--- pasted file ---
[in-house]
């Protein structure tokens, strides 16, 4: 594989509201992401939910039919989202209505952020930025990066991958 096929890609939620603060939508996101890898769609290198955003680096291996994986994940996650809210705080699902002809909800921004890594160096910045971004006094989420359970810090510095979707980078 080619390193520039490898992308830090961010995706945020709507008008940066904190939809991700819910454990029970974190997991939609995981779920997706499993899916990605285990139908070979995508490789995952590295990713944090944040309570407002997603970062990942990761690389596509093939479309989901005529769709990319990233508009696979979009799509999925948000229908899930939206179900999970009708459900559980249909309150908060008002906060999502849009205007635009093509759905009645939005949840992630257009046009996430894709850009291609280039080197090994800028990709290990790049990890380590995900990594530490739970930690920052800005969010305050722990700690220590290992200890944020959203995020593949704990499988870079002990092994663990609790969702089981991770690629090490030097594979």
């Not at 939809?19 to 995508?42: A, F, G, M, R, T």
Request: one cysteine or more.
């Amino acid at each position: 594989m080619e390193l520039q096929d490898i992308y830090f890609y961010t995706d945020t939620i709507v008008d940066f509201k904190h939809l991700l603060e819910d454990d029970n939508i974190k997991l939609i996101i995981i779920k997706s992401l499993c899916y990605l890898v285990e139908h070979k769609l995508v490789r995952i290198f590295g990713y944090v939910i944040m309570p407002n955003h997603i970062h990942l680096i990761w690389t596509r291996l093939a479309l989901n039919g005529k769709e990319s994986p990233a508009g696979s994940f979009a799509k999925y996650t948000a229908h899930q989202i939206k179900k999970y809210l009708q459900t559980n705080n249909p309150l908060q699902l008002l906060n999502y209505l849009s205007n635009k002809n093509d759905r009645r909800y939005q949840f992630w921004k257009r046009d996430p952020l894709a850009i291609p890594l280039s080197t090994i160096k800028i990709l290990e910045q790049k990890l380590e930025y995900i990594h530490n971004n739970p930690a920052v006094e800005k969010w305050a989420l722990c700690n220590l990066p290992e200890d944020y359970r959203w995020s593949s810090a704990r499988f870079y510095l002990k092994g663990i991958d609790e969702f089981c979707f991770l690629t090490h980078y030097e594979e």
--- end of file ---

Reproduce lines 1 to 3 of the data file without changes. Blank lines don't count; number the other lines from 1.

[in-house]
């Protein structure tokens, strides 16, 4: 594989509201992401939910039919989202209505952020930025990066991958 096929890609939620603060939508996101890898769609290198955003680096291996994986994940996650809210705080699902002809909800921004890594160096910045971004006094989420359970810090510095979707980078 080619390193520039490898992308830090961010995706945020709507008008940066904190939809991700819910454990029970974190997991939609995981779920997706499993899916990605285990139908070979995508490789995952590295990713944090944040309570407002997603970062990942990761690389596509093939479309989901005529769709990319990233508009696979979009799509999925948000229908899930939206179900999970009708459900559980249909309150908060008002906060999502849009205007635009093509759905009645939005949840992630257009046009996430894709850009291609280039080197090994800028990709290990790049990890380590995900990594530490739970930690920052800005969010305050722990700690220590290992200890944020959203995020593949704990499988870079002990092994663990609790969702089981991770690629090490030097594979």
């Not at 939809?19 to 995508?42: A, F, G, M, R, T």